Alternatively, ‘concerns’ may be based on information derived from a variety of sources or may accumulate over time.
Example: concerns about possible abuse or neglect of a resident in an older person’s home may result from an accumulation of information obtained from the individual, family member, volunteers and ancillary staff. This constitutes a duty to report.
Practitioners should also remember that their concerns may, in isolation, not seem significant. However, alongside those from other agencies and sources they may build up a picture which suggests that an adult at risk may be suffering or at risk of abuse or neglect.
Example: a GP sees an older patient with dementia, who does not appear to be responding to treatment for ulcerated legs. Whilst the patient’s carer, who is a family member, assures the doctor the prescribed treatments are being followed the GP questions whether this is the case. She consults initially with other health professionals and the information shared indicates the patient is at risk of neglect. The GP has a duty to report.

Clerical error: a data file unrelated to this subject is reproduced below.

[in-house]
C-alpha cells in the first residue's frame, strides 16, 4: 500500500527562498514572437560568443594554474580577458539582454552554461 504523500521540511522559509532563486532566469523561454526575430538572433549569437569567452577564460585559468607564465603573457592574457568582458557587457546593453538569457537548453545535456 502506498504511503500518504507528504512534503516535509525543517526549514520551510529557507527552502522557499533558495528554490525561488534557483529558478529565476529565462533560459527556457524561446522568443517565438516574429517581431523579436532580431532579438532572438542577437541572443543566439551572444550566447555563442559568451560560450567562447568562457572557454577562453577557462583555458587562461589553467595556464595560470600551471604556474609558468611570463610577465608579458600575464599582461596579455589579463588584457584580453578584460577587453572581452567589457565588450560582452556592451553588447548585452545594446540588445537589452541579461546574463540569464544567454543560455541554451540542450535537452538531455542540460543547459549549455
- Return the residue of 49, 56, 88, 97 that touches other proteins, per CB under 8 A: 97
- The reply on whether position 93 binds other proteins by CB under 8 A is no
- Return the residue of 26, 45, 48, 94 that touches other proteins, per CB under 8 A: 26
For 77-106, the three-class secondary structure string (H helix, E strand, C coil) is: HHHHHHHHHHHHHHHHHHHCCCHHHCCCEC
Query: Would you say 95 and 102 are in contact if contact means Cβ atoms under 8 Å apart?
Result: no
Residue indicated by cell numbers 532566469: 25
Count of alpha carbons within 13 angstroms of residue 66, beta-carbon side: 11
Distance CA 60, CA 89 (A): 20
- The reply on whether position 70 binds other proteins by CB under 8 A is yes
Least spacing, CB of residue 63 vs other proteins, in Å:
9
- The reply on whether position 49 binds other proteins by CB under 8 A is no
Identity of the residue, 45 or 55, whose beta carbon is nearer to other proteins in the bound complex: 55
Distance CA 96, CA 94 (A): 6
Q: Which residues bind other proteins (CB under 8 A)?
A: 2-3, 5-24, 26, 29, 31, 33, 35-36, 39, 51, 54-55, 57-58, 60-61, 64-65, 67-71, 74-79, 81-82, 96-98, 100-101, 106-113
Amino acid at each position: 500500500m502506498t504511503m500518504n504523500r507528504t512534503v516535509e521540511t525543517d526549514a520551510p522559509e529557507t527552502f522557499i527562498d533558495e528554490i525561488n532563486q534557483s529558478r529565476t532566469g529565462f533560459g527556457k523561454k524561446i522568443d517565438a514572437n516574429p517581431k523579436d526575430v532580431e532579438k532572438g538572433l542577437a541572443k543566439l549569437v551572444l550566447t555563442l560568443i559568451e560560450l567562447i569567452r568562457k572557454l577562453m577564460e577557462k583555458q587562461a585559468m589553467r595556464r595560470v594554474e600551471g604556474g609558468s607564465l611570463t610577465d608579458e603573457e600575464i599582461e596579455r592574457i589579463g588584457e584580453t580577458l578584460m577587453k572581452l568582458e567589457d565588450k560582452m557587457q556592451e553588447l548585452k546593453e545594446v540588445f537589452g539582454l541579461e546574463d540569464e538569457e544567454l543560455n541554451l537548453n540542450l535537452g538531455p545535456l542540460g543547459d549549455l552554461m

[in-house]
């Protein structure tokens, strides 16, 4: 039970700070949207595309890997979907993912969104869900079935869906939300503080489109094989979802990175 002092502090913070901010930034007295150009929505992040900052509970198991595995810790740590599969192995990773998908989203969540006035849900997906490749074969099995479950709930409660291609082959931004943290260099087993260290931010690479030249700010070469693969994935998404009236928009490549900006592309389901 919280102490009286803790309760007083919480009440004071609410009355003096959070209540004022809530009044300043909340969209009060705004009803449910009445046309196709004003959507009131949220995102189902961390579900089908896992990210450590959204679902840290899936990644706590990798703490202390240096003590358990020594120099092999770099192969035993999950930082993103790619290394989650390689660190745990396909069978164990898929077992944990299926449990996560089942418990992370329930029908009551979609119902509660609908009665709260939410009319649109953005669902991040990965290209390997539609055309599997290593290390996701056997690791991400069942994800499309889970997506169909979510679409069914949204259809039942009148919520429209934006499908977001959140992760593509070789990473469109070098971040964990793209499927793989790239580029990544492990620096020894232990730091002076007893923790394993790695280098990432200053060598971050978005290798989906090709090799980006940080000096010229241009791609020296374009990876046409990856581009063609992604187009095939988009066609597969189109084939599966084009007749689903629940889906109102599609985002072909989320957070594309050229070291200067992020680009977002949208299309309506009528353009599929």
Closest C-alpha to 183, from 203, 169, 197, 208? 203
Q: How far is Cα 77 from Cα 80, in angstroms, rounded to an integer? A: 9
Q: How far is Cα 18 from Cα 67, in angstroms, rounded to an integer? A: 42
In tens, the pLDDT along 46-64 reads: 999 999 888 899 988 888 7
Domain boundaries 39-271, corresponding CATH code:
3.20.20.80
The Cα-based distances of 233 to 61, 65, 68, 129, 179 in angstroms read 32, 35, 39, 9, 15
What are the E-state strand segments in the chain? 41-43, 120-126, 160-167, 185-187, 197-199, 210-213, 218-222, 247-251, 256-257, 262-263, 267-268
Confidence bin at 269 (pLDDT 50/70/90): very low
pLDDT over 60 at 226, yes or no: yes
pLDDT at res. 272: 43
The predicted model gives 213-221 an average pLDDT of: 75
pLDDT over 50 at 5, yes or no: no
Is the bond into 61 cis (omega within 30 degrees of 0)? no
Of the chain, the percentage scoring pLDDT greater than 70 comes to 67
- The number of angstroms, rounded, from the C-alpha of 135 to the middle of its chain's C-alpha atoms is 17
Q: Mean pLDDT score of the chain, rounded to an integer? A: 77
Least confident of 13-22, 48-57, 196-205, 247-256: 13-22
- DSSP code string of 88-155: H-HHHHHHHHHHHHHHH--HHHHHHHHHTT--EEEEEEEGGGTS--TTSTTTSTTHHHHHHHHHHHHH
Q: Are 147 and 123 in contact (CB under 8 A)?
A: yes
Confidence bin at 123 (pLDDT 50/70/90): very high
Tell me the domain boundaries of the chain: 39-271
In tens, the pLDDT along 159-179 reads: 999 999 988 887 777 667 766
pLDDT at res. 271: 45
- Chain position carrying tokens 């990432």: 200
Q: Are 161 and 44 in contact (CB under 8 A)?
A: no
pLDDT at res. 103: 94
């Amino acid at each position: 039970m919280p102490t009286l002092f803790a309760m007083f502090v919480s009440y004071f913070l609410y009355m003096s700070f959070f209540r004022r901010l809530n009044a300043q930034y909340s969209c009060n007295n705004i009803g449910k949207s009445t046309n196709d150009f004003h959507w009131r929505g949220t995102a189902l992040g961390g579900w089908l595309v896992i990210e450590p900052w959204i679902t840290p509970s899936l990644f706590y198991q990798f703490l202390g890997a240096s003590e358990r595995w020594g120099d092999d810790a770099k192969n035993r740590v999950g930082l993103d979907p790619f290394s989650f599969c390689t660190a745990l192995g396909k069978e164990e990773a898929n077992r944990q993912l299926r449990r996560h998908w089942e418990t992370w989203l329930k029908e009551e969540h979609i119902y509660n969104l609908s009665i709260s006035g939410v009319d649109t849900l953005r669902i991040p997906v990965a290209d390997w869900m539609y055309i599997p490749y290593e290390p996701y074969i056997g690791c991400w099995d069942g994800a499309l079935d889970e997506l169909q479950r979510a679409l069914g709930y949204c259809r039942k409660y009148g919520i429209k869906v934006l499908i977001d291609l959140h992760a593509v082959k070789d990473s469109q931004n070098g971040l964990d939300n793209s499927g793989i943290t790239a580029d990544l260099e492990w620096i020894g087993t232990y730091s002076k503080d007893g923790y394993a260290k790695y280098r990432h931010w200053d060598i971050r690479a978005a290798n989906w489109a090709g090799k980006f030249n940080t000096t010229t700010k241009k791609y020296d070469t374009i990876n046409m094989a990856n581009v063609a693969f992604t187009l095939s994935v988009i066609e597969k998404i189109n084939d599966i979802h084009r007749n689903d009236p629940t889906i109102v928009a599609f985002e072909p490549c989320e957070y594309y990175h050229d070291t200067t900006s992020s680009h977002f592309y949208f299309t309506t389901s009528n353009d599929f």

Abuse can occur anywhere. For example, in the home, a residential or day care setting, during leisure activities. It may occur in private or in a communal setting such as a swimming pool.
Abuse can also occur on-line through, for example, social media.
The concerns may be about the behaviour of a practitioner, volunteer; carer; family member or member of the community.
The concerns may also be present when the individual is already known to social services. Therefore, do not presume because the individual is known there is no need to report. Always report.